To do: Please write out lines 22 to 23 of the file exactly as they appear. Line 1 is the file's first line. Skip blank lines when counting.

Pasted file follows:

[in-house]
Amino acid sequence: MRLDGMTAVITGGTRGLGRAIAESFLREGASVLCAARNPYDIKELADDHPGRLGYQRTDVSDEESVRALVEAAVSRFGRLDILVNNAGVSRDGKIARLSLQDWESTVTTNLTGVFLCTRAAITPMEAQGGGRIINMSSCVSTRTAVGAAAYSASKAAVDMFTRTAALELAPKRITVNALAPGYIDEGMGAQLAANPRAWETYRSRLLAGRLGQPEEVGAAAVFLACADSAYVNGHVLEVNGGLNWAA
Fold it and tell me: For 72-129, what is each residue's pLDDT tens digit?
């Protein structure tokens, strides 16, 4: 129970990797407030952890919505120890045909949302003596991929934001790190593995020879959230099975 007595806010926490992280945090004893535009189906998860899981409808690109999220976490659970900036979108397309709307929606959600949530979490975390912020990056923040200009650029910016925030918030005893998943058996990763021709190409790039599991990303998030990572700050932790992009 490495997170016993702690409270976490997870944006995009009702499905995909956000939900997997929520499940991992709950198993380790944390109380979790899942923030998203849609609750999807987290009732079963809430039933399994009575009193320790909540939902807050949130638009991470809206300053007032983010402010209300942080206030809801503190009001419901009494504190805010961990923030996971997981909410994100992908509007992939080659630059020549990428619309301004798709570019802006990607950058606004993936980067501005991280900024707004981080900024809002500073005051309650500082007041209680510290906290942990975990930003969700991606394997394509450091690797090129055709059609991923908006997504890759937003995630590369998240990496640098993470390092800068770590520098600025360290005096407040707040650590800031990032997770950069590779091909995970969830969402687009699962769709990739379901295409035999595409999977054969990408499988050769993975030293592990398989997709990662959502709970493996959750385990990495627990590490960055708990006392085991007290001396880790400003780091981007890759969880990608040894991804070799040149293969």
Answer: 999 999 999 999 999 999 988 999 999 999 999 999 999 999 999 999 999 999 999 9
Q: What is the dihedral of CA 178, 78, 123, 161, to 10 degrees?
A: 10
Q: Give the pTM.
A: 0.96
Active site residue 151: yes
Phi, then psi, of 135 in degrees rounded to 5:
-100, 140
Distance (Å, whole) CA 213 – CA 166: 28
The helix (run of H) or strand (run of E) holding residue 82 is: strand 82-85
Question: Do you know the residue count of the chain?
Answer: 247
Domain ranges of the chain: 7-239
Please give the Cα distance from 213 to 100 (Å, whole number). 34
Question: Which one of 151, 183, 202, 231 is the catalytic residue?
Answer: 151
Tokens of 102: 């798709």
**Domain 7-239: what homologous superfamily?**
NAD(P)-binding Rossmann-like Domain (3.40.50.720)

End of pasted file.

**Domain 7-239: what homologous superfamily?**
NAD(P)-binding Rossmann-like Domain (3.40.50.720)